Database of Funded Projects

The Botstiber Institute for Austrian-American Studies has generously funded academic research and public history projects that promote an understanding of the historic relationship between the United States and Austria. The following search tools make it possible to explore these projects and to learn more about the scholars and organizations who have received BIAAS grants and fellowships.


Jonathan Singerton

Topics: History, Research
Products: Article, Book, Monograph

This project focuses on the Leopoldine Society, an Austrian state-sponsored missionary foundation which supported provided financial relief to Catholic dioceses across the United States. From 1829 until 1914, the Leopoldine Society amassed over 4.5 million Austrian gulden (roughly $30 million dollars in today’s currency) through parish alms across Austria-Hungary. Using these donations, the Society founded over 400 Catholic churches and supported at least 300 Austro-Hungarian missionaries who travelled to the United States. The project’s goal is to advance our understanding of the Leopoldine Society through the collection and evaluation of new archival sources leading to a book-length monograph.


Marsha Leah Rozenblit

Topics: Culture, History, Migration
Products: Book

Three Times Homeless: The Last Generation of Austrian Jews explores how Jews born in Habsburg Austria around 1900, who came of age in that large multinational state, coped with the fact that they lost their homeland several times in the course of their lives and had to craft new homes for themselves, first in the Habsburg successor states, and then elsewhere as refugees from Nazi Europe, especially in America. How did these Jews create new national and Jewish identities, and how successful were they in forging a new sense of at-homeness in very foreign environments? What connections did they still retain to their former Austrian homeland? Why were they more successful in making a new home in America than anywhere else?


Andreas Praher

Topics: Culture, History, Migration, Research
Products: Article, Book, Exhibit

The research project will analyze the transatlantic migration of skiers and ski instructors who migrated from Austria to the United States for different reasons in the first half of the 20th century. The focus will be on sociopolitical, economic, cultural, institutional and structural circumstances in which migration in skiing took place from the 1930s to the 1960s. In studying the historical patterns of migration, factors that have influenced and stimulated the movement of sport labor should be identified. The research work asks about the socio-cultural background of men and women. It will take into account the female ski migration and the impact of the Jewish exodus in skiing on the American sport system.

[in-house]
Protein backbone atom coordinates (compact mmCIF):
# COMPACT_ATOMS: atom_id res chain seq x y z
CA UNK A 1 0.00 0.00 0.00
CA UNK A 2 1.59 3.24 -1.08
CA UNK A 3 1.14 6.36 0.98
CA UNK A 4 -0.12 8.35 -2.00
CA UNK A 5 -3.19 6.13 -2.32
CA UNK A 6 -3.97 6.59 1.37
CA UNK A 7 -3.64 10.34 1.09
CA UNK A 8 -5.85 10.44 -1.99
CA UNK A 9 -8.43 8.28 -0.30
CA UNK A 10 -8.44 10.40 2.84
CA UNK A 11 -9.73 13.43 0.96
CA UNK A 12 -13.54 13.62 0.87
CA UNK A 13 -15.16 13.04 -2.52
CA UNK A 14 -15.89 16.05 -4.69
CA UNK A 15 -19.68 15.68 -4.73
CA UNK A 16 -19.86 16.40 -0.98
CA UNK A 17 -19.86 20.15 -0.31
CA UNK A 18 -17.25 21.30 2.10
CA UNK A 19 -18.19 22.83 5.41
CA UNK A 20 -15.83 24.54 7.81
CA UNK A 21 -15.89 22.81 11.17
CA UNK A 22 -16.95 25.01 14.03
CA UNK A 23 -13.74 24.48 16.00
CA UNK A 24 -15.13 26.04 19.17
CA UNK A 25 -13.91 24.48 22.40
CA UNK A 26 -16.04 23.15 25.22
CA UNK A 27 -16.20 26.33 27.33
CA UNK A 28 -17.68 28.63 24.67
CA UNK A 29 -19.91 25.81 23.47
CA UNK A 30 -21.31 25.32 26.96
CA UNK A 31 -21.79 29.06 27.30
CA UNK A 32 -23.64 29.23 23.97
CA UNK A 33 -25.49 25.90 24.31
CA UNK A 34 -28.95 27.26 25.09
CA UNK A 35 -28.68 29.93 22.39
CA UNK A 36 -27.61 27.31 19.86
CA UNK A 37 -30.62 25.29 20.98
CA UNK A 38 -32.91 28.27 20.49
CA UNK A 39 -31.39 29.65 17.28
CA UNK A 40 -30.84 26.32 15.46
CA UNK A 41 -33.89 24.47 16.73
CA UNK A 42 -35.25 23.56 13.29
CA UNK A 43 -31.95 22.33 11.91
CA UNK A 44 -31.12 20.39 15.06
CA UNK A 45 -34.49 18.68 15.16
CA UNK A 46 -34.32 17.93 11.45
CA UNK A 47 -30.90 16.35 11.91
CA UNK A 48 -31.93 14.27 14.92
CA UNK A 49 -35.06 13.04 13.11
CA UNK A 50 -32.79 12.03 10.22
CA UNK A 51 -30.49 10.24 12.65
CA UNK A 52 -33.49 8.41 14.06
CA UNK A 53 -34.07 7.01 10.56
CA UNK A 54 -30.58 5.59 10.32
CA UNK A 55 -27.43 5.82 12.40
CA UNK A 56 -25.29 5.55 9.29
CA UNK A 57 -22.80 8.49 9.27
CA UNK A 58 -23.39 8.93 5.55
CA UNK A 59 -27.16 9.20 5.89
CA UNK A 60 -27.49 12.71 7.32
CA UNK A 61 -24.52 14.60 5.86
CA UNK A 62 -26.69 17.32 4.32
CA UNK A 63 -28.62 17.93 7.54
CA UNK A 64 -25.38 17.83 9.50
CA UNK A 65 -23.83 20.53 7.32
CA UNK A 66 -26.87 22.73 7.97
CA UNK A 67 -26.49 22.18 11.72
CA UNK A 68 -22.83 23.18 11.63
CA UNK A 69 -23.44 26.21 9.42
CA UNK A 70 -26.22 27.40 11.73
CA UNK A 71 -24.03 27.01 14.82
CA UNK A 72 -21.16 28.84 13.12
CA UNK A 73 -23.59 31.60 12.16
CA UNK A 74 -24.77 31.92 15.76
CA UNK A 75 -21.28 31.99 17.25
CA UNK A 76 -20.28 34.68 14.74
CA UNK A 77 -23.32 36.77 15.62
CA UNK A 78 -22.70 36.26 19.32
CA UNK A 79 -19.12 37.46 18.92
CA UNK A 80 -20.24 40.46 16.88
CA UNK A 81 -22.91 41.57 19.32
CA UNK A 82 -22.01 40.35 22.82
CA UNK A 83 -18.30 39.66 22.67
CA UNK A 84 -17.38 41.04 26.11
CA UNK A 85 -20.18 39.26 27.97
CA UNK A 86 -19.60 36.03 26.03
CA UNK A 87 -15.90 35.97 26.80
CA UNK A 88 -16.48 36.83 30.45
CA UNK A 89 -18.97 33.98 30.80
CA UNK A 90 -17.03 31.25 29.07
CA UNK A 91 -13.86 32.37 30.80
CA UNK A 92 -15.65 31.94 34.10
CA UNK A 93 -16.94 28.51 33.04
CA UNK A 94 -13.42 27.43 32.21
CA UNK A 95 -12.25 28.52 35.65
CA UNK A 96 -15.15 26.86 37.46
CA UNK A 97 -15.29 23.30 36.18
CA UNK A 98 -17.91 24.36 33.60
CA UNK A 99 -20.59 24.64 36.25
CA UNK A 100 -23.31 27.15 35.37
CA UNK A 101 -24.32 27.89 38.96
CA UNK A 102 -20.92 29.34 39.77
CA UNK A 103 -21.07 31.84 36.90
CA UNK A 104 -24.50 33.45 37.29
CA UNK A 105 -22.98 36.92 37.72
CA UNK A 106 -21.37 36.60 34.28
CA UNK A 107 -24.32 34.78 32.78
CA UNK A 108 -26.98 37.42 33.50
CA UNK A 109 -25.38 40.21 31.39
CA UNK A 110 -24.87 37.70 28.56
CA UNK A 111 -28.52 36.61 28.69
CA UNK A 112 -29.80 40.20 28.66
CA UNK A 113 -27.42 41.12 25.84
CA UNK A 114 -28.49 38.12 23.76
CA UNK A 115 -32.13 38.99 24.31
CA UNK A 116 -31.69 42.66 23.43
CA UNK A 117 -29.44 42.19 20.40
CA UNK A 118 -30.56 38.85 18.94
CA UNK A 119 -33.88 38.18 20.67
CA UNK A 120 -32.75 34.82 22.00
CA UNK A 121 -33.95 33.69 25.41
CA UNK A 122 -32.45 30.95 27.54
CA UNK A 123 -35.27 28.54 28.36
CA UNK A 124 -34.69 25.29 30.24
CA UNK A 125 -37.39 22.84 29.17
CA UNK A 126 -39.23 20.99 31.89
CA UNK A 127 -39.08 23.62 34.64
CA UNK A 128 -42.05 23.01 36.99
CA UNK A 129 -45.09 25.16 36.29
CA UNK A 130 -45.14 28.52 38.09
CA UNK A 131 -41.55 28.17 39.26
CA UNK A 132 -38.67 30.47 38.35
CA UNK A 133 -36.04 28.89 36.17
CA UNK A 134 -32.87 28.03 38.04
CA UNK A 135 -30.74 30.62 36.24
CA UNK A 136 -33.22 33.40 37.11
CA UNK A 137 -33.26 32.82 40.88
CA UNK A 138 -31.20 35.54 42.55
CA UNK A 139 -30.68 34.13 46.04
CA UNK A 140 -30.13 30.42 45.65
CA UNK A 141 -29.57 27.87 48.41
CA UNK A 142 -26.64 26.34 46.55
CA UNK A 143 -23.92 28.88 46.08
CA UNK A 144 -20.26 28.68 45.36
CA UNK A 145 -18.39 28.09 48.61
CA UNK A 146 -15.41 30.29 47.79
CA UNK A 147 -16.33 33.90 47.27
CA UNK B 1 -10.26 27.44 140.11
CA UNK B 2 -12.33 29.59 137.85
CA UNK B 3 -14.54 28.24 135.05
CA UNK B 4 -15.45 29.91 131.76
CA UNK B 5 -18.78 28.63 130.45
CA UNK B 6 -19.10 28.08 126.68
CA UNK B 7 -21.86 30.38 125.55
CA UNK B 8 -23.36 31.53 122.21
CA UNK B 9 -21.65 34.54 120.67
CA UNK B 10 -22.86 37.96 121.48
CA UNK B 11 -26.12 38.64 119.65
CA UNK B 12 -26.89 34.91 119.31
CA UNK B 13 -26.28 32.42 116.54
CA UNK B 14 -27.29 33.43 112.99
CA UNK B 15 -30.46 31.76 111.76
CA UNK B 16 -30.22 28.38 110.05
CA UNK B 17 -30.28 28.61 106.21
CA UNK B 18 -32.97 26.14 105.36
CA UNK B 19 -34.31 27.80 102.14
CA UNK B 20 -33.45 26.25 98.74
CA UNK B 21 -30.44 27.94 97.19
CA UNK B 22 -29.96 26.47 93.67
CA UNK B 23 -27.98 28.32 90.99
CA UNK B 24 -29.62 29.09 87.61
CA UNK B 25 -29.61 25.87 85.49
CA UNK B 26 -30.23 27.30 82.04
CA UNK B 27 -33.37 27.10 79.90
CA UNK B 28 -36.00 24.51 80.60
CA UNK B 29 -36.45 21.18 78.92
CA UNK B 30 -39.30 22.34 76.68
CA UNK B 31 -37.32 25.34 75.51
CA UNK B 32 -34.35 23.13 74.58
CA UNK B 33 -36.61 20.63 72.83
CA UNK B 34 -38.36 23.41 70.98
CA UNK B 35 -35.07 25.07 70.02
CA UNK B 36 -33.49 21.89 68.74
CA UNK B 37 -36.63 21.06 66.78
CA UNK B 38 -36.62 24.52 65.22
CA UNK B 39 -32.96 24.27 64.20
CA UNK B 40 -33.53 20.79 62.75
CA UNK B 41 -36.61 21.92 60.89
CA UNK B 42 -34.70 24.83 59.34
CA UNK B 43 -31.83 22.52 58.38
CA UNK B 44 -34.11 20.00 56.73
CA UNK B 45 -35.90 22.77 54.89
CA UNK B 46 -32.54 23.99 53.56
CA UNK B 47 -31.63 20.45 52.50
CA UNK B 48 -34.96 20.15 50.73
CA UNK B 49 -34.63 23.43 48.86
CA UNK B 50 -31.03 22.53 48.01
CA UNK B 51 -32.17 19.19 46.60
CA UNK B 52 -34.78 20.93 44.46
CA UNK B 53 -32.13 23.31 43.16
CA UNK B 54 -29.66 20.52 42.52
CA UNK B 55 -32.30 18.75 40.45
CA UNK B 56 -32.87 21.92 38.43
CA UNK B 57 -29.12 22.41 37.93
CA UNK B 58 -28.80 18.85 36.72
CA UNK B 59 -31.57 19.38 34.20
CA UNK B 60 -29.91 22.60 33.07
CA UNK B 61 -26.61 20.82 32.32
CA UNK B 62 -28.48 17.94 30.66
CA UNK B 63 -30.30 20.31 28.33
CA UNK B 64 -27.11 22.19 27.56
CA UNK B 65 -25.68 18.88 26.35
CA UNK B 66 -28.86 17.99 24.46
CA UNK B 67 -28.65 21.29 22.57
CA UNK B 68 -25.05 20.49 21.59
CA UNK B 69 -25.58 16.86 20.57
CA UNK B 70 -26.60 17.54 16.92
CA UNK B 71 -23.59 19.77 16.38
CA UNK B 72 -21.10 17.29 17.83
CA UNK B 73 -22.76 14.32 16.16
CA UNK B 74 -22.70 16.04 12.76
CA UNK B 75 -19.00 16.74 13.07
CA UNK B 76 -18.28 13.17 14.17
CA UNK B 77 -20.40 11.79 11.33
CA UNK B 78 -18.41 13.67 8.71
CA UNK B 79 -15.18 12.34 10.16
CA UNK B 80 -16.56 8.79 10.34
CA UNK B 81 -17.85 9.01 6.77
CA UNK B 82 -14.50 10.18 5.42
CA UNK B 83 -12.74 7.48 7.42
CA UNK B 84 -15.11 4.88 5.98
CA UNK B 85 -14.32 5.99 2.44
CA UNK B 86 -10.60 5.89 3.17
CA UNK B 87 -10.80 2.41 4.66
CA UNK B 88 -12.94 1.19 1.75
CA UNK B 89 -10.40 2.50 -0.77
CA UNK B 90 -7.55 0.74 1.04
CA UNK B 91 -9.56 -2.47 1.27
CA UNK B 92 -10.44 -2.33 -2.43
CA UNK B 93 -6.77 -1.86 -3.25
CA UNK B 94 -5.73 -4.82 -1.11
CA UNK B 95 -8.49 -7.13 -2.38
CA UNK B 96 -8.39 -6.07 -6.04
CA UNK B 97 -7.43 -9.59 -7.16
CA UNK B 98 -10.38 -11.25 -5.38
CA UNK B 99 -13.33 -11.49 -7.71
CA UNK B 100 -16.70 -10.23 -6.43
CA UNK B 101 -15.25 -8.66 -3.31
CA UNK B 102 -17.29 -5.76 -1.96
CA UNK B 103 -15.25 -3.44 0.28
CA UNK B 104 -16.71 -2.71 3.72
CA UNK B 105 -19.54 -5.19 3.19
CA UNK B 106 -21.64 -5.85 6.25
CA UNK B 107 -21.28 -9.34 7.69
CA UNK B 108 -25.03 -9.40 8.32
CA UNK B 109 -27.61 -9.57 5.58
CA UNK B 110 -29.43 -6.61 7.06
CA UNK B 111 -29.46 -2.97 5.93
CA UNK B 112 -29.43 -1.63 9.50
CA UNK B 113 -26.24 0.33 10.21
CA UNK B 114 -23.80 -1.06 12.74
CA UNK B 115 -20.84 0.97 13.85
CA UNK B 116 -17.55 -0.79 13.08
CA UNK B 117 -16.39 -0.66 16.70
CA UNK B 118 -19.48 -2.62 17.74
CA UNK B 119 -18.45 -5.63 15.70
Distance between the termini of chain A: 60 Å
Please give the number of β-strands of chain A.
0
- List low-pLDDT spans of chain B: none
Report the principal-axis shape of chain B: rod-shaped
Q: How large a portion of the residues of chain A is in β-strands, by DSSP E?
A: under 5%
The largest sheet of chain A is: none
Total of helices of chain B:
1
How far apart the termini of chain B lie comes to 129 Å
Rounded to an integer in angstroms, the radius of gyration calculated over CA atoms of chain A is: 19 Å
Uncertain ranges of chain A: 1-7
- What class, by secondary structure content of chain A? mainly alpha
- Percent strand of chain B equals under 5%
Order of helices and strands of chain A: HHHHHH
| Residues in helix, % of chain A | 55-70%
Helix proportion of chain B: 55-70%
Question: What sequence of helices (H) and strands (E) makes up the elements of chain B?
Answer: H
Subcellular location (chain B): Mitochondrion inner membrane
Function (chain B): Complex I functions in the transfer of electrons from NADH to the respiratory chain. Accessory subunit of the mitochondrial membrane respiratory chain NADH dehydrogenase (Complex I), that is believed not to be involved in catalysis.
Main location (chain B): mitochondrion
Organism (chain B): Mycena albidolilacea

Dóra Fedeles-Czeferner

Topics: Culture, Gender, History, Migration
Products: Article, Biography, Book

Rosika Schwimmer (Budapest, 1877-New York, 1948), one of the best-known women’s rights leaders in the Austro-Hungarian Empire became a celebrated peace activist in the U.S. She was awarded the World Peace Prize and was nominated for the Nobel Peace Prize. Schwimmer formed a crucial link between the Hungarian, Austrian and transnational women’s and peace movements and made a marked contribution in the U.S. where she lived in exile from 1921 until her death. The project seeks to explore these transatlantic connections by drawing on the widest possible range of archival sources from Hungary, Austria, the U.S., England and the Netherlands. The ultimate aim is to provide a comprehensive monograph on Schwimmer’s life and career.


James Boyd

Topics: History, Migration, Political Science, Research
Products: Article, Book, Monograph

Selling Emigration examines how the commerce of migration influenced departures from Europe in the nineteenth century. It explores migration as a sellable commodity, interrogating the role of migration commerce in migration decisions, and demonstrating the ways in which transport and shipping were connected to ethnic economies of mobility. The project is a monograph study on the role of migration commerce across Europe. The chapter funded by this grant will examine economies of mobility in Central Europe, and the role of Atlantic migration commerce as it affected the territories of the Habsburg/Austro-Hungarian Empire.